To Avert an Energy Crisis, America Needs to Accelerate the Renewable Transition

To Avert an Energy Crisis, America Needs to Accelerate the Renewable Transition
(AP Photo/Evan Vucci, Pool)
X
Story Stream
recent articles

From Asia to Europe, electricity is currently in high demand and short supply. Global markets for natural gas, coal and oil have spiked as prices reach unsustainable levels.

While part of this energy crunch can be attributed to surging electricity demand as the global economy recovers from the pandemic, much of the problem is due to the vulnerability of the fossil fuel economy to extreme weather, poor planning and deliberate market manipulation.

Flooded coal mines in China have that country turning to imports of liquified natural gas, which in turn puts pressure on global natural gas prices. Poor planning in India has likewise led to inadequate fuel supplies and insufficient power generation there. Meanwhile, oil and natural gas providers are incentivized to restrict supply to keep prices high and maintain profitability. And there are important geopolitical considerations as European nations consider the impacts of reduced natural gas flow from Russia. 

The repercussions are serious. Major global economies could be impacted, and America’s economic recovery is at risk as consumers of our fossil fuel-dominated electric and transportation systems find themselves at the mercy of global markets and foreign actors. This is not the first time the world’s economy has been hammered by the gyrations of fossil fuel markets. But it could be the last.  

The ongoing transition to clean energy and an electrified economy is not only a critical climate solution. Relying on naturally available and self-replenishing sources of fuel such as sunlight, wind, the earth’s heat, or the kinetic energy of flowing water, renewable energy empowers consumers with affordable electricity that is not subject to the volatility and price spikes associated with the global fossil fuel marketplace.  

While today’s fossil fuel prices are rising rapidly, renewable energy costs are declining at an impressive pace. Over the past decade, the unsubsidized costs of solar and wind power have decreased by 90% and 71%, respectively. According to BloombergNEF, solar PV and onshore wind are now the cheapest sources of new electricity for at least two-thirds of the world’s population. It’s more cost-effective today to build a new solar PV or wind farm than to run existing coal- and gas-fired power stations in countries like China, India, Germany, France, Italy, Spain, Portugal and Greece.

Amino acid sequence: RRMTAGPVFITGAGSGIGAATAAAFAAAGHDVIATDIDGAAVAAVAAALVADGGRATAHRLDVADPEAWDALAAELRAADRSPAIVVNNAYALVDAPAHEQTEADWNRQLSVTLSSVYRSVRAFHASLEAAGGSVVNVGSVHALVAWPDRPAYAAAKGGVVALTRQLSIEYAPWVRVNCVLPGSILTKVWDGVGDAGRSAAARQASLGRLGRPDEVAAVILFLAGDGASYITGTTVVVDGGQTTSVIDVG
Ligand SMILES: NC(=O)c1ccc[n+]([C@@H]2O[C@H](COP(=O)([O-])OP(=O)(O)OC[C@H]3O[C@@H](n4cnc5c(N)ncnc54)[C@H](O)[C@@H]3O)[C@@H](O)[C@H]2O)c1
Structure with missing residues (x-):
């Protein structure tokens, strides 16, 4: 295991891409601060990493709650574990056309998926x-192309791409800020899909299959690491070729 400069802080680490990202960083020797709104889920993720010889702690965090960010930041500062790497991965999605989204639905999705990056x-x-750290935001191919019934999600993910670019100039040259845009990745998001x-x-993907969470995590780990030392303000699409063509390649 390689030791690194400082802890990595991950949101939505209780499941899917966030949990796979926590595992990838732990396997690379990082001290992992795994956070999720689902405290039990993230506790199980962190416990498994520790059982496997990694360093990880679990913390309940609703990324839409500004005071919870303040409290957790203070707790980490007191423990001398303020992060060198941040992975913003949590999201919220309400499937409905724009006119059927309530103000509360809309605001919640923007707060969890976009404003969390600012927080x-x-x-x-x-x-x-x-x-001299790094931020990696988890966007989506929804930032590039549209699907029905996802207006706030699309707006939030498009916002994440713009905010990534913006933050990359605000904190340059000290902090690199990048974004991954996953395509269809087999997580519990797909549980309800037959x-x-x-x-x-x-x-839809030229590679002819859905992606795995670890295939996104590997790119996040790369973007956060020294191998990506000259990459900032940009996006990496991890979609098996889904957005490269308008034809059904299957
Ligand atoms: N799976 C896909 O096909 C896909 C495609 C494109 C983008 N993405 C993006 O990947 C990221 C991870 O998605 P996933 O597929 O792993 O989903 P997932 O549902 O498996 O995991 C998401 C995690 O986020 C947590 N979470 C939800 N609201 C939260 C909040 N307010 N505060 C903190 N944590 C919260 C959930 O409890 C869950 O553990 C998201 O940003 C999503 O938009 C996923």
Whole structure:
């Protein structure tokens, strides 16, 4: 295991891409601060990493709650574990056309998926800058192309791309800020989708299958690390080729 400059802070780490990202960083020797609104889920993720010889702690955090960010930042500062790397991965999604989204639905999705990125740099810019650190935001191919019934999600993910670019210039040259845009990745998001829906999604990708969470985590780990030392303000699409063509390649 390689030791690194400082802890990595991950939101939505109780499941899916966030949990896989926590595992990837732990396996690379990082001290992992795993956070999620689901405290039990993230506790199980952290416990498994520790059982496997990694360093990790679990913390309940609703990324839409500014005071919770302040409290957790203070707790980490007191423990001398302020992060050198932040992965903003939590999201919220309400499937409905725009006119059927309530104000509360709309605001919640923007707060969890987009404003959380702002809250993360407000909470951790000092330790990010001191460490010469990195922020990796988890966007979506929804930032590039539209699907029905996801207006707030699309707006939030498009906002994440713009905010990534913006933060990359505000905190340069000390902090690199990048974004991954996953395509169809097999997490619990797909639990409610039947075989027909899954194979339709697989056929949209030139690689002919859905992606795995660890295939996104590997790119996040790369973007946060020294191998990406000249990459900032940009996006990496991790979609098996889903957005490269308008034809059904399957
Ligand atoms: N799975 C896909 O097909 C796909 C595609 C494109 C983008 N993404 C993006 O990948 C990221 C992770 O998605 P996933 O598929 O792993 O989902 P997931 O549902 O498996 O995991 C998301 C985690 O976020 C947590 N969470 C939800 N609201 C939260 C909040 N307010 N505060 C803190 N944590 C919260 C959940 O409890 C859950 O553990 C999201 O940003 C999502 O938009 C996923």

The European Commission has taken note. Calling the energy crisis “a clear wake up call,” Energy Commissioner Kadri Simson recently told reporters, “The only long term remedy against demand shocks and price volatility is a transition to a green energy system.”

The same is, of course, true here in the U.S., and important progress is at hand. 

Congress recently passed a bipartisan infrastructure bill containing essential programs to upgrade the nation’s antiquated electric transmission infrastructure. That legislation, combined with the Build Back Better budget reconciliation proposal currently pending in Congress, will help spur the necessary investment in not just wind and solar power, but also in crucial energy storage and advanced grid technologies through a set of long-term, stable tax incentives.

Heading into the winter months, the reliability of our electric power system is more important than ever. During February’s Winter Storm Uri in Texas, natural gas pipelines froze and drove gas generators offline, tragically underscoring how vulnerable the fossil fuel supply chain is to increasingly severe and frequent extreme weather events. Investment in more interregional transmission through a U.S. Macro Grid that better connects our largest population centers with our lowest-cost renewable resources will enhance grid reliability, save consumers billions of dollars, deliver significant job creation and dramatically reduce carbon emissions.

We have a once-in-a-lifetime opportunity. We can make America’s energy system more resilient, protect our economy and security from foreign fuel suppliers, and avoid the worst impacts of climate change if we at long last adopt smart policies to free ourselves from reliance on global fossil fuel markets. That’s an investment worth making. 

 

Gregory Wetstone is President and CEO of the American Council on Renewable Energy, a national nonprofit that unites finance, policy and technology to accelerate the transition to a renewable energy economy.



Comment
Show comments Hide Comments